In the mid-1980s, regulatory agencies started to become involved. Realizing that this "OBD thing" was good for the environment, they chose to tighten the reins by regulating manufacturers to enlist ECU software checks for input and output circuit open and short circuit conditions. Accompanying this regulation was the requirement for a standardized malfunction indicator lamp. By 1987, all new vehicle production sold in California had to be equipped with these new features, which became known as On-Board Diagnostics Level I (OBD I). The underlying goal of OBD was to better the air we breathe.
Just as technology was expanding in other markets like personal computers and calculators, inroads were being made in automobile electronic system design and functionality. In furthering their desire to clean the air, regulatory groups established even more complicated functions that OBD would have to support. Continuous detection of fuel system concerns, component circuit monitors, real-time cylinder misfire detection, malfunction indicator lamp, multiple on-board diagnostic evaluations, plus oxygen sensors after the catalytic converter, were some of the more prominent provisions specified as law. Beginning with 1996 models, cars and light duty trucks were required to have such OBD functionality, which was appropriately titled on-board diagnostics level II (OBD II).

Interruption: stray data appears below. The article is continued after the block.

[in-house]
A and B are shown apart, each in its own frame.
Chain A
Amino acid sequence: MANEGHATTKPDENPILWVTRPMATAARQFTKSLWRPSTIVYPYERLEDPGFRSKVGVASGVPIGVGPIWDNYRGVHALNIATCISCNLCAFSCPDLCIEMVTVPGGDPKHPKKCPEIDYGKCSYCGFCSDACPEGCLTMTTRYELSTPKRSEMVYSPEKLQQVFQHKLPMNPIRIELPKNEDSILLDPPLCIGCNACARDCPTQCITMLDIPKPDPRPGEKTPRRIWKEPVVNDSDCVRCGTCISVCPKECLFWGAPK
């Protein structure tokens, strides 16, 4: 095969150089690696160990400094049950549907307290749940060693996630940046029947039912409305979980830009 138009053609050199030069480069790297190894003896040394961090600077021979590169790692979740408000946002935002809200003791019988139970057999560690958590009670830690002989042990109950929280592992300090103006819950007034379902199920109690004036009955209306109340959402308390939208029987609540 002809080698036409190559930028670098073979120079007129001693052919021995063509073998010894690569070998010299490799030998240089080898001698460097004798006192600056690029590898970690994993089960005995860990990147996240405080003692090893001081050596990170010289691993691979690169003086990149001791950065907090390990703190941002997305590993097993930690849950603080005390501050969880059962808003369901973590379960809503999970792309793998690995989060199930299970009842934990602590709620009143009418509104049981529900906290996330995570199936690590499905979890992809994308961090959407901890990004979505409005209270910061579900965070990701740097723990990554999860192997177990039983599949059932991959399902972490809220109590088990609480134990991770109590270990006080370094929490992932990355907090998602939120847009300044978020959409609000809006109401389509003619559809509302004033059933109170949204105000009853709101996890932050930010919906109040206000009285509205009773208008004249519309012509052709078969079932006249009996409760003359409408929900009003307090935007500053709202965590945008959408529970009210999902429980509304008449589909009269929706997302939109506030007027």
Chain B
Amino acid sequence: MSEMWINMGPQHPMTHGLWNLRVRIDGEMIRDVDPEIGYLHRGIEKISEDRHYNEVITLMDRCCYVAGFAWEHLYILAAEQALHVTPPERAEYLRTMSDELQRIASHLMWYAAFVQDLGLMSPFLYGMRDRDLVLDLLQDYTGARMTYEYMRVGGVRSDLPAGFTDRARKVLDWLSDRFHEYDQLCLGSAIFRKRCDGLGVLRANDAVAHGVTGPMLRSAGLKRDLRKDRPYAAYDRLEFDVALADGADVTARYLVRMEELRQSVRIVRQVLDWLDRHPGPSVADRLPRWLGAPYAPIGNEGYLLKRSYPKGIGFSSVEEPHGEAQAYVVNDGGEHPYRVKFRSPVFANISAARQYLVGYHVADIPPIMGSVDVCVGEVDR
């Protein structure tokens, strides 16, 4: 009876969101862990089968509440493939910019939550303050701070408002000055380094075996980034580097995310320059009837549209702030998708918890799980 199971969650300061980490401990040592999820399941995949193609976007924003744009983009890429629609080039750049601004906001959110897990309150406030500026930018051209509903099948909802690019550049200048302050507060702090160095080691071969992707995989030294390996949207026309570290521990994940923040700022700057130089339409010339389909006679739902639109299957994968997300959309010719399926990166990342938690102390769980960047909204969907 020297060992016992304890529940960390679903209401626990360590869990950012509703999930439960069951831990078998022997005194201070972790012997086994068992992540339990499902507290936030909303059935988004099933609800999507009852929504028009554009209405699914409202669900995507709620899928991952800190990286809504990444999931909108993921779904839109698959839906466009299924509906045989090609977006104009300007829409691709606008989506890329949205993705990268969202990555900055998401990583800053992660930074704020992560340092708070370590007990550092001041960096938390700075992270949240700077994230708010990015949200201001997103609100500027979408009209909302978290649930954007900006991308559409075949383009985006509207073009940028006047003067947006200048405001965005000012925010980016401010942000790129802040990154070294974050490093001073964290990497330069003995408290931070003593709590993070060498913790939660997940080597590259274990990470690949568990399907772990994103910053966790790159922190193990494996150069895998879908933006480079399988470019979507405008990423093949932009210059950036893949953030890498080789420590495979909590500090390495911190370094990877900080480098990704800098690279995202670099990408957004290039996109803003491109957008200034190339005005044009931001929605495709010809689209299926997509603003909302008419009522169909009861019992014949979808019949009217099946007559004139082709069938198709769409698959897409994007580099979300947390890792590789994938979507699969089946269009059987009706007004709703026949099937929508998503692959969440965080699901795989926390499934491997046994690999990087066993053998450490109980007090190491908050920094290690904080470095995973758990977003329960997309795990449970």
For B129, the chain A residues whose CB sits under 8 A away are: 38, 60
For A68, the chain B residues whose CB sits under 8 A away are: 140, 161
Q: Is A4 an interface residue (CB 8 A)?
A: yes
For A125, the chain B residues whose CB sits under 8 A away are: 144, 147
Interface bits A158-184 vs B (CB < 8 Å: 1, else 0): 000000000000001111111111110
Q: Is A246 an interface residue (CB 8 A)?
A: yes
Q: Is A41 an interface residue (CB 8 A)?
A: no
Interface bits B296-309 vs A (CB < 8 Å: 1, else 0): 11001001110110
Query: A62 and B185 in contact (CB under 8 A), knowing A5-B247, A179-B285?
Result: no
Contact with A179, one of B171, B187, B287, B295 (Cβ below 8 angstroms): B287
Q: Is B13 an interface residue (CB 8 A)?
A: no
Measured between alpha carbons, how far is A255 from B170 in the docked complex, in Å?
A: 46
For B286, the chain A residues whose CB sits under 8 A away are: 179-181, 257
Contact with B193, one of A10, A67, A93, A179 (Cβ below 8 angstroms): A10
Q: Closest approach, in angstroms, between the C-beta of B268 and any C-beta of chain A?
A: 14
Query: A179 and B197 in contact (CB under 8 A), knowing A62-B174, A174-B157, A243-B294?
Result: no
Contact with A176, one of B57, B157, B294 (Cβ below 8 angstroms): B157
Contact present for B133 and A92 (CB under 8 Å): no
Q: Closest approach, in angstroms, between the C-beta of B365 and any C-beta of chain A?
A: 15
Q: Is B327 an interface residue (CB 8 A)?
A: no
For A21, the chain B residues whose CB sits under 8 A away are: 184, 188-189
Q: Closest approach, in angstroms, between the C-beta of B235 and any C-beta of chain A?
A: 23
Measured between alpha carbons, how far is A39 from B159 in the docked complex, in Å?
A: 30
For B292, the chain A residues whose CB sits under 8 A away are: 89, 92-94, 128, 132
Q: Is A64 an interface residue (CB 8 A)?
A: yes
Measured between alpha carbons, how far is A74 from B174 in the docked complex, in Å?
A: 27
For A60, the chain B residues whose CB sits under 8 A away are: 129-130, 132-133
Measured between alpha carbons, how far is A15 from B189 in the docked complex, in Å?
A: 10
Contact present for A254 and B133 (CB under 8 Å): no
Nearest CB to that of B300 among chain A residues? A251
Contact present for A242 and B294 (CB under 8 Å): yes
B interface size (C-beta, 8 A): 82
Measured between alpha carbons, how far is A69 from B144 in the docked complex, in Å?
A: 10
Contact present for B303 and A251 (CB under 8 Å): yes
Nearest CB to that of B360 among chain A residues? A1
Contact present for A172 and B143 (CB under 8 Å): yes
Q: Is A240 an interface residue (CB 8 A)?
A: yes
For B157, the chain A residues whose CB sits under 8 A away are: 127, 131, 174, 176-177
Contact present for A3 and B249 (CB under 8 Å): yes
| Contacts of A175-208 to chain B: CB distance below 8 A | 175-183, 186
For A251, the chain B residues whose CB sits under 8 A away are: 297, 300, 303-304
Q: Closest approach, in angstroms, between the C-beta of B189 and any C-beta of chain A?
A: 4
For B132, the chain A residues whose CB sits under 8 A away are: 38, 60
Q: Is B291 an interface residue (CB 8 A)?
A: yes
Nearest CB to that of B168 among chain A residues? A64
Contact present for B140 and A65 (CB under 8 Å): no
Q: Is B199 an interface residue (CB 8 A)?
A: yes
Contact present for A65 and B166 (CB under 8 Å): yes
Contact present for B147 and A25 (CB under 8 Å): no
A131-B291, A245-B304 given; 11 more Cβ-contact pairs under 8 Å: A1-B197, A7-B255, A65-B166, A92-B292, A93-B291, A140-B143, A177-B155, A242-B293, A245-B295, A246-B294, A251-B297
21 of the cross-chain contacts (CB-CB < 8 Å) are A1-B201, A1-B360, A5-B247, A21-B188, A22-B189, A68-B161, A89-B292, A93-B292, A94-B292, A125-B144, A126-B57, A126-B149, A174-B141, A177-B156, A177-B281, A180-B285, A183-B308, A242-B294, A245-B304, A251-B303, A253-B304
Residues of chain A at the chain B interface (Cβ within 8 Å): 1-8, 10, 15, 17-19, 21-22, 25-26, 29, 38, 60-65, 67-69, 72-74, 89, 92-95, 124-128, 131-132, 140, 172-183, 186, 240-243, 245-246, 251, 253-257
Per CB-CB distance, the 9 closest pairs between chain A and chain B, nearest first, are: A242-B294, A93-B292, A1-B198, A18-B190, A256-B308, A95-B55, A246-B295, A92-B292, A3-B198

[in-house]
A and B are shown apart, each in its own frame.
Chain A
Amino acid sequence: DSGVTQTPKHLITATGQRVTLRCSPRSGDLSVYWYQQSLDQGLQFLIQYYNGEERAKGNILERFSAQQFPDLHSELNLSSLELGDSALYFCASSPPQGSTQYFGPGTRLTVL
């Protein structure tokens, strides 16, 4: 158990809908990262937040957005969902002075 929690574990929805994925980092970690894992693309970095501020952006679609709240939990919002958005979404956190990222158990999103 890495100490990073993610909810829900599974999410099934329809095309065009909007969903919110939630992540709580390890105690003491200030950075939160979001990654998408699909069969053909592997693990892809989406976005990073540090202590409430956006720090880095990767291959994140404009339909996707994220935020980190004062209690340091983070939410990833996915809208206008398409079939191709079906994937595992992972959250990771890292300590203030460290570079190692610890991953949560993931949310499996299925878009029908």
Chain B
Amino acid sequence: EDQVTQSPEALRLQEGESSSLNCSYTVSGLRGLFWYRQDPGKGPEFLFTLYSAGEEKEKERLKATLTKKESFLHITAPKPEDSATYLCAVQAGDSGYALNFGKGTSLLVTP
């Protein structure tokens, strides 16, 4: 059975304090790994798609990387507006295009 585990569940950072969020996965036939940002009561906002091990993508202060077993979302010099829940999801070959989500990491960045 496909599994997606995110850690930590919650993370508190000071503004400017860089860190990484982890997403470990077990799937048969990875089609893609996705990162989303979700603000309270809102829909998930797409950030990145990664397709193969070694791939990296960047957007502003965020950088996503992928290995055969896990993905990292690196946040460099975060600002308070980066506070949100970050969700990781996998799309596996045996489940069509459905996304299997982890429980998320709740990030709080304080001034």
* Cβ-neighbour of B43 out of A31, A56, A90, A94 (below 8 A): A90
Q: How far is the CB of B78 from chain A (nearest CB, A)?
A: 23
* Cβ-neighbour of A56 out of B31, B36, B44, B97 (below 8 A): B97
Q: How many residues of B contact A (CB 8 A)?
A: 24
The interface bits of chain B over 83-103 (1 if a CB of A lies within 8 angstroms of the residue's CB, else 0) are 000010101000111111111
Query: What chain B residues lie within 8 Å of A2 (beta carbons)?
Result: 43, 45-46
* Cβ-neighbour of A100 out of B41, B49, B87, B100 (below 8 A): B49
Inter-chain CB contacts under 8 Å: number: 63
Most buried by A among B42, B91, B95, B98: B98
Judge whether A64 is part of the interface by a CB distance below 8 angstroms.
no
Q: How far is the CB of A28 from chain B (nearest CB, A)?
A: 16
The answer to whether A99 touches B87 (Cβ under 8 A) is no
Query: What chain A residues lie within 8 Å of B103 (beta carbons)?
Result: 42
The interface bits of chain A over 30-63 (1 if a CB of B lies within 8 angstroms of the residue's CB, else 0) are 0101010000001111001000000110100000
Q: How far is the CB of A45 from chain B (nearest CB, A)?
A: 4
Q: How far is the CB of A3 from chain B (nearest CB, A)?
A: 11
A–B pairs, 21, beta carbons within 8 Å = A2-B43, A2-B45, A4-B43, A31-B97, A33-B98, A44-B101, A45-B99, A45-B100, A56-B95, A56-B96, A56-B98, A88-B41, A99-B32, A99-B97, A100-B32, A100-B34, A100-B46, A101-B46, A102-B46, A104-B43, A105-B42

The role of industry standards cannot be overlooked at this point because there was just too much technology finding its way onto the vehicle electronic system. Industry groups like the U. S.-based Society of Automotive Engineers (SAE) and European-centered International Standards Organization (ISO) were enlisted to work with experts from the automotive and tool equipment manufacturers. They devised new and better ways to support regulatory functionality that were within the abilities of their talented engineering teams. An example of their tireless efforts led to recommended practices such as SAE J1962, the standard 16-pin DLC that is referenced by California ARB OBD II regulations, plus other standardized methods and processes.